Descriere algoritm:
Algoritmul acționează repetitiv la nivelul biților executându-se operatia XOR cu numarul divizor. Bitii rezultat sunt copiați apoi direct pentru pasul urmator. Divizorul este apoi mutat un bit mai la dreapta, iar procesul se repetă până când împărțitor-ul ajunge la capătul din dreapta al rândului de intrare.

11010011101100 000 - input right padded by 3 bits
1011               - divisor
01100011101100 000 - result see note *
 1011              - divisor
00111011101100 000
00010111101100 000
00000001101100 000 - note **
00000000110100 000
00000000011000 000
00000000001110 000
00000000000101 000 
           101 1
00000000000000 100 <--- remainder (3 bits).  Division algorithm stops here as quotient is equal to zero.

* note the first four bits are the XOR with the divisor beneath, the rest of the bits are unchanged
** that the divisor moves over to align with the next 1 in the dividend (since quotient for that step was zero)
   (in other words, it doesn't necessarily move one bit per iteration)

Codul sursa:

#define CRC_8_POLYNOMIAL            (0x1DU)
#define CRC_8_RESULT_WIDTH          (8U)

static const uint8 crcTable[CRC_TABLE_SIZE] = {
    (0x00U), (0x1dU), (0x3aU), (0x27U), (0x74U),
    (0x69U), (0x4eU), (0x53U), (0xe8U), (0xf5U),
    (0xd2U), (0xcfU), (0x9cU), (0x81U), (0xa6U),
    (0xbbU), (0xcdU), (0xd0U), (0xf7U), (0xeaU),
    (0xb9U), (0xa4U), (0x83U), (0x9eU), (0x25U),
    (0x38U), (0x1fU), (0x02U), (0x51U), (0x4cU),
    (0x6bU), (0x76U), (0x87U), (0x9aU), (0xbdU),
    (0xa0U), (0xf3U), (0xeeU), (0xc9U), (0xd4U),
    (0x6fU), (0x72U), (0x55U), (0x48U), (0x1bU),
    (0x06U), (0x21U), (0x3cU), (0x4aU), (0x57U),
    (0x70U), (0x6dU), (0x3eU), (0x23U), (0x04U),
    (0x19U), (0xa2U), (0xbfU), (0x98U), (0x85U),
    (0xd6U), (0xcbU), (0xecU), (0xf1U), (0x13U),
    (0x0eU), (0x29U), (0x34U), (0x67U), (0x7aU),
    (0x5dU), (0x40U), (0xfbU), (0xe6U), (0xc1U),
    (0xdcU), (0x8fU), (0x92U), (0xb5U), (0xa8U),
    (0xdeU), (0xc3U), (0xe4U), (0xf9U), (0xaaU),
    (0xb7U), (0x90U), (0x8dU), (0x36U), (0x2bU),
    (0x0cU), (0x11U), (0x42U), (0x5fU), (0x78U),
    (0x65U), (0x94U), (0x89U), (0xaeU), (0xb3U),
    (0xe0U), (0xfdU), (0xdaU), (0xc7U), (0x7cU),
    (0x61U), (0x46U), (0x5bU), (0x08U), (0x15U),
    (0x32U), (0x2fU), (0x59U), (0x44U), (0x63U),
    (0x7eU), (0x2dU), (0x30U), (0x17U), (0x0aU),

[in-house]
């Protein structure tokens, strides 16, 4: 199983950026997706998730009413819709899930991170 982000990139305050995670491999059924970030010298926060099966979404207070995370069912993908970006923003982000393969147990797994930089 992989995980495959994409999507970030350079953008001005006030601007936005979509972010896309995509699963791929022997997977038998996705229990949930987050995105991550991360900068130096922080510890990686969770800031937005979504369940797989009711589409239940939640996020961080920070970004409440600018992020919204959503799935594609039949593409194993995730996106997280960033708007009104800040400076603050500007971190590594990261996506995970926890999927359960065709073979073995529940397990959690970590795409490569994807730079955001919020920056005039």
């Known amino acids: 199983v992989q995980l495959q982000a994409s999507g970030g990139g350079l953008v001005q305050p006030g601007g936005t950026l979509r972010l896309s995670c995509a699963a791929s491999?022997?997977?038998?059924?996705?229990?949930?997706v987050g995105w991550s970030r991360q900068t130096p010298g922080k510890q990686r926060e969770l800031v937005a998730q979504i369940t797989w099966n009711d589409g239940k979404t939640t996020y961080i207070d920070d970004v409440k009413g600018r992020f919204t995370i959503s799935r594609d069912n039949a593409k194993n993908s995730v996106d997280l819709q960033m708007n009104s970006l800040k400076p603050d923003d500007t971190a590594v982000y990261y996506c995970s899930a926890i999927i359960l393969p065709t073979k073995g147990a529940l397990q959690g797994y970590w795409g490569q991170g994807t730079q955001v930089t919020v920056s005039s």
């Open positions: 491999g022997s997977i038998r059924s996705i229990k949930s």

(0xb1U), (0xacU), (0x8bU), (0x96U), (0xc5U),
    (0xd8U), (0xffU), (0xe2U), (0x26U), (0x3bU),
    (0x1cU), (0x01U), (0x52U), (0x4fU), (0x68U),
    (0x75U), (0xceU), (0xd3U), (0xf4U), (0xe9U),
    (0xbaU), (0xa7U), (0x80U), (0x9dU), (0xebU),
    (0xf6U), (0xd1U), (0xccU), (0x9fU), (0x82U),
    (0xa5U), (0xb8U), (0x03U), (0x1eU), (0x39U),
    (0x24U), (0x77U), (0x6aU), (0x4dU), (0x50U),
    (0xa1U), (0xbcU), (0x9bU), (0x86U), (0xd5U),
    (0xc8U), (0xefU), (0xf2U), (0x49U), (0x54U),
    (0x73U), (0x6eU), (0x3dU), (0x20U), (0x07U),
    (0x1aU), (0x6cU), (0x71U), (0x56U), (0x4bU),
    (0x18U), (0x05U), (0x22U), (0x3fU), (0x84U),
    (0x99U), (0xbeU), (0xa3U), (0xf0U), (0xedU),
    (0xcaU), (0xd7U), (0x35U), (0x28U), (0x0fU),
    (0x12U), (0x41U), (0x5cU), (0x7bU), (0x66U),
    (0xddU), (0xc0U), (0xe7U), (0xfaU), (0xa9U),
    (0xb4U), (0x93U), (0x8eU), (0xf8U), (0xe5U),
    (0xc2U), (0xdfU), (0x8cU), (0x91U), (0xb6U),
    (0xabU), (0x10U), (0x0dU), (0x2aU), (0x37U),
    (0x64U), (0x79U), (0x5eU), (0x43U), (0xb2U),
    (0xafU), (0x88U), (0x95U), (0xc6U), (0xdbU),
    (0xfcU), (0xe1U), (0x5aU), (0x47U), (0x60U),
    (0x7dU), (0x2eU), (0x33U), (0x14U), (0x09U),
    (0x7fU), (0x62U), (0x45U), (0x58U), (0x0bU),
    (0x16U), (0x31U), (0x2cU), (0x97U), (0x8aU),
    (0xadU), (0xb0U), (0xe3U), (0xfeU), (0xd9U),

 * @brief : Calculation of SAE-J1850 CRC8
 * P(x) =  x^4 + x^3 + x^2 + 1 -> 0x1D
 * */
uint8 Crc( uint8 const DataPtr[],
           uint8 nBytes, 
           uint8 Crc_Polynomial, 
           uint8 InitValue )
  uint8 byte;
  uint8 Idx;
  uint32 crcValue = InitValue;

   * Divide the message by the polynomial, a byte at a time.
  for (byte = 0; byte < nBytes; ++byte)
      Idx = (DataPtr[byte] ^ crcValue) & (uint32)0x00FFU;
      crcValue = crcTable[Idx] ^ (crcValue << CRC_8_RESULT_WIDTH);
   * The final remainder is the CRC.
  return ~(crcValue);

 * @brief : AUTOSAR interface for CRC Calculation of SAE-J1850 CRC8
 * */
uint8 Crc_CalculateCRC8( const uint8* Crc_DataPtr,
                         uint32 Crc_Length,
                         uint8 Crc_StartValue8,